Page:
Cape Town Commitment

The Cape Town Commitment is set out in a 49 page document, something many of us struck with the modern disease of not reading anything more than 120 characters, would probably find a tad too long to plough through.

Perhaps for this reason this summary has been produced and at the least, all Christians, particularly leaders, ought to read. Hopefully we get to the full document as well but this should be the very least start.

Like many Lausanne Movement statements however, this commitment struck a chord with me in every single statement professed.

Why then hasn’t it had more traction here in Australia? Is it because our church scene mimics the American scene somewhat and our idea of global Christianity is really more American/UK/Australian Christianity?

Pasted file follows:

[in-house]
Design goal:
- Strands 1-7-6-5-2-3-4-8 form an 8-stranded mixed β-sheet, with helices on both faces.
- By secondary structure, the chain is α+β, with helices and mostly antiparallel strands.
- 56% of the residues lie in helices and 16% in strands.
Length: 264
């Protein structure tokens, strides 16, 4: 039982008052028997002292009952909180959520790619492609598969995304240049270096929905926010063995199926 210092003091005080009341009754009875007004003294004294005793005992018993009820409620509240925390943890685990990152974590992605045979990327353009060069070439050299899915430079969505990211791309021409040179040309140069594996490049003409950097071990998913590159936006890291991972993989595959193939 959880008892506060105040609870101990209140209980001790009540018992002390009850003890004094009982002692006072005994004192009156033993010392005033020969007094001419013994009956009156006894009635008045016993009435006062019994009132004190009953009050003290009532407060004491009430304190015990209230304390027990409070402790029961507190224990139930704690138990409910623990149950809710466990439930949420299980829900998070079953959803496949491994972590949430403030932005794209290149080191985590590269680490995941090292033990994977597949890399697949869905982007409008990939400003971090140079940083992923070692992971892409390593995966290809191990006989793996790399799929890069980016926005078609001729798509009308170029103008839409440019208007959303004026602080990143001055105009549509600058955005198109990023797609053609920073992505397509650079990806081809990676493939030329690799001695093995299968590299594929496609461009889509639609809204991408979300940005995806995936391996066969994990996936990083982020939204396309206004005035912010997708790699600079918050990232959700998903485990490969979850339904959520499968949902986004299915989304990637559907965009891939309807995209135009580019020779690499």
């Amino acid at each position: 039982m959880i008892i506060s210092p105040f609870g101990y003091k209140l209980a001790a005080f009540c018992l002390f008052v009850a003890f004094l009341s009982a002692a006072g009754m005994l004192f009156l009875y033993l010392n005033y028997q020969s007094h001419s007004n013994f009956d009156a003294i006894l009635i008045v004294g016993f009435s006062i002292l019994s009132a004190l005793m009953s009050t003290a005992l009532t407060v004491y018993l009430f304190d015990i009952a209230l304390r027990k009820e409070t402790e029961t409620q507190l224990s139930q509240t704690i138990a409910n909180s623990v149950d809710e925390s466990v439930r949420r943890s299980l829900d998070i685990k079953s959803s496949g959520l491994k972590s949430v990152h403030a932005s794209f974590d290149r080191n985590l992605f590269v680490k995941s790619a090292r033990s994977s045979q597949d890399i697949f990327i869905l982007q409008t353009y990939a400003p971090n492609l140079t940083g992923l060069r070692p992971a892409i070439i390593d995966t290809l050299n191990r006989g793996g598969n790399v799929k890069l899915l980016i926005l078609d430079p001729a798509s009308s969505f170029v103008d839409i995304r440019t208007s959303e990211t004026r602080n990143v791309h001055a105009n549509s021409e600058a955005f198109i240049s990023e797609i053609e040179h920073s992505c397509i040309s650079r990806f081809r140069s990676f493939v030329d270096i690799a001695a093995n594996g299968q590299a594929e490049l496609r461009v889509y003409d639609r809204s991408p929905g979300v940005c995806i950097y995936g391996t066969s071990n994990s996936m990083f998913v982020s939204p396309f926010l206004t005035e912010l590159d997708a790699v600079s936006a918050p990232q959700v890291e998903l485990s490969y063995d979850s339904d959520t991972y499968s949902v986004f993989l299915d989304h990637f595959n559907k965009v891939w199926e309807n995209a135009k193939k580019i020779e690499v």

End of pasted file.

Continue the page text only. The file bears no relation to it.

In the context of the diminishing importance of the Christian faith to the society in these countries, this would be most ironic. If we really are attuned to what God is doing in this world today, the Lausanne Movement must be heeded ever more closely than before.

Scot McKnight thinks American churches have become tribal – only thoughts, movements, trends, people who emanate from America mattered to American churches. I often think Australian churches can be equally “tribal” in our ways.


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